Sipidan Island in Malaysia’s state of Sabah is regularly ranked as one of the world’s best dive destinations. This small island, formed by living corals growing on top of an extinct undersea volcano, is one of the richest marine habitats in the world.
Giant green sea turtles and hawksbills, tornadoes of barracudas, and large groups of hammerhead sharks are just some of the marine life you can expect to find on a dive at Sipadan Island.
Diving here is nothing short of a dream. In this post, I’ll go over what you need to know to plan the best diving trip to Sipadan Island.
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What to Expect from Sipadan
As we approached the idealistic island from the boat, I couldn’t get over how clear the surrounding water was. We saw so many turtles swimming in the water below!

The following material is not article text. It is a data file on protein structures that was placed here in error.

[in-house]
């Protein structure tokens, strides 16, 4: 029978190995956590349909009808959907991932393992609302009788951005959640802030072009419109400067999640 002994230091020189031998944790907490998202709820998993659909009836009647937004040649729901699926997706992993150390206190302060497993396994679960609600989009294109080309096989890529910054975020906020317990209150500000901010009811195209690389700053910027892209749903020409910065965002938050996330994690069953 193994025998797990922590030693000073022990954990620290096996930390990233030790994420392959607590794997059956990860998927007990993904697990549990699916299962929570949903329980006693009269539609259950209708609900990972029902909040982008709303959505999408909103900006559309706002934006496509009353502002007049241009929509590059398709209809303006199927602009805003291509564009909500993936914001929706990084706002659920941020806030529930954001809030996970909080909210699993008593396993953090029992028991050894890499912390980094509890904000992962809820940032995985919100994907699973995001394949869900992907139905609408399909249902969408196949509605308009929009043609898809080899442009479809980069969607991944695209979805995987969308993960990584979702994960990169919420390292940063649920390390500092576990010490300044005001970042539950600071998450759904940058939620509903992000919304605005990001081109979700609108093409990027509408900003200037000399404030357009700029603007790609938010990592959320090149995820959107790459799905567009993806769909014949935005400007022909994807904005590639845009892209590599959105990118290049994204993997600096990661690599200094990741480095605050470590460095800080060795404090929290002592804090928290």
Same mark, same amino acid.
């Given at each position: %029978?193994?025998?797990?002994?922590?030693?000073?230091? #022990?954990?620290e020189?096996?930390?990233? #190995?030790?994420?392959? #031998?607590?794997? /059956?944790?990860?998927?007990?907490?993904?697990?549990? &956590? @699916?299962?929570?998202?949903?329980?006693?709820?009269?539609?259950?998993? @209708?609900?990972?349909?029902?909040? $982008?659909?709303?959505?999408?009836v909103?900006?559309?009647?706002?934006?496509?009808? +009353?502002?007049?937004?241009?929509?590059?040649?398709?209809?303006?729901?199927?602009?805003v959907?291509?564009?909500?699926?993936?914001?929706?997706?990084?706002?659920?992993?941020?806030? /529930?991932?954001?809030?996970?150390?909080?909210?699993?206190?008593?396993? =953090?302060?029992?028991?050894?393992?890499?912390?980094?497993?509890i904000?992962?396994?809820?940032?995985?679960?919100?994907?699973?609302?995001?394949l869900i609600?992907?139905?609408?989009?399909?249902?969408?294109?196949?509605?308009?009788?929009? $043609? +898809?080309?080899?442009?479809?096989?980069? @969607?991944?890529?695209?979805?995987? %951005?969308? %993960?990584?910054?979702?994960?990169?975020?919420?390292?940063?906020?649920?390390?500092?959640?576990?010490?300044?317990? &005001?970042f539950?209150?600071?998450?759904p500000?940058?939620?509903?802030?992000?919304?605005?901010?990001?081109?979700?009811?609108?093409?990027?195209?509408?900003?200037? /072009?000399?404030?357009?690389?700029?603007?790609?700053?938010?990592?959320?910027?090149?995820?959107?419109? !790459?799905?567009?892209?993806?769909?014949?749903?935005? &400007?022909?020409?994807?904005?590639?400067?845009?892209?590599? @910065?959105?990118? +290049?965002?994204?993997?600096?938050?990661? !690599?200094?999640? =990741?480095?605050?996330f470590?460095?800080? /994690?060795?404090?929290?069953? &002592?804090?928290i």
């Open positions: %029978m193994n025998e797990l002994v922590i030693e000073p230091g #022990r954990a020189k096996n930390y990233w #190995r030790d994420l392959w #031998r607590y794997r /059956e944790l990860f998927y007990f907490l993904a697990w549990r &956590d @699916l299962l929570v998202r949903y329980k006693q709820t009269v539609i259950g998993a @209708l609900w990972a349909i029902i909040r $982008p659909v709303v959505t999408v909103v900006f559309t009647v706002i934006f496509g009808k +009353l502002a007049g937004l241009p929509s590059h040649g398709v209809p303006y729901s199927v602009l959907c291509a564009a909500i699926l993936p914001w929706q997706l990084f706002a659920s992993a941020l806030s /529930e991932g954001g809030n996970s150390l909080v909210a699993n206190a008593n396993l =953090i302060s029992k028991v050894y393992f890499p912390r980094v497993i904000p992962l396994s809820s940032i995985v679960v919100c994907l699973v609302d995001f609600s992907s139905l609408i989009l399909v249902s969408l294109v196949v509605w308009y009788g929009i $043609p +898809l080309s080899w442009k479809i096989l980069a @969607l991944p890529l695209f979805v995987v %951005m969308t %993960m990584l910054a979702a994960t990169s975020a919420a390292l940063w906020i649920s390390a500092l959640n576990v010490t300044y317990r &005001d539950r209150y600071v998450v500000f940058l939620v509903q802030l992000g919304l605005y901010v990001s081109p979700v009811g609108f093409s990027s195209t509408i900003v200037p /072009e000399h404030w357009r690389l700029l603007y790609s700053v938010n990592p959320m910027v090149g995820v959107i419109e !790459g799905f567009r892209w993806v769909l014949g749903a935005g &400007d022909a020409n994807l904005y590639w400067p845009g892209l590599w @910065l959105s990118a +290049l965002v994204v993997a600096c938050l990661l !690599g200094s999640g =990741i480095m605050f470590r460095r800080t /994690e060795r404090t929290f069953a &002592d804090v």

The island is gorgeous, and relaxing on it during your breaks between dives is nice. It reminded me of the white-sand beaches in Mexico. But what makes a trip to Sipadan special is the vast amount of marine life you can find below the water.
If you don’t dive, Sipadan is also an excellent spot for snorkeling/freediving, as the shallow part of the reef close to the island is less than 5m deep, where you can see giant turtles, corals, clams, and reef sharks.
Marine life at Sipadan
There is so much marine life to see diving in Sipadan. Massive green sea turtles and hawksbill, parrotfish, sharks, morays, and vortexes of Barracudas are all in one dive.
More than 3000 fish species and hundreds of coral species have been classified in the waters surrounding Sipadan. It is common for a diver to see more than 20 turtles on a single dive.
Dive Sites Around Sipadan Island
Sipadan has twelve dive sites, each with distinctive coral and aquatic life views. With limited dive permits, the dive shops do their best to maximize your chance to dive.
This means you will likely have three or four dives a day planned, and the currents are strong, so rest well the night before. On my visit, we explored these three different dive sites.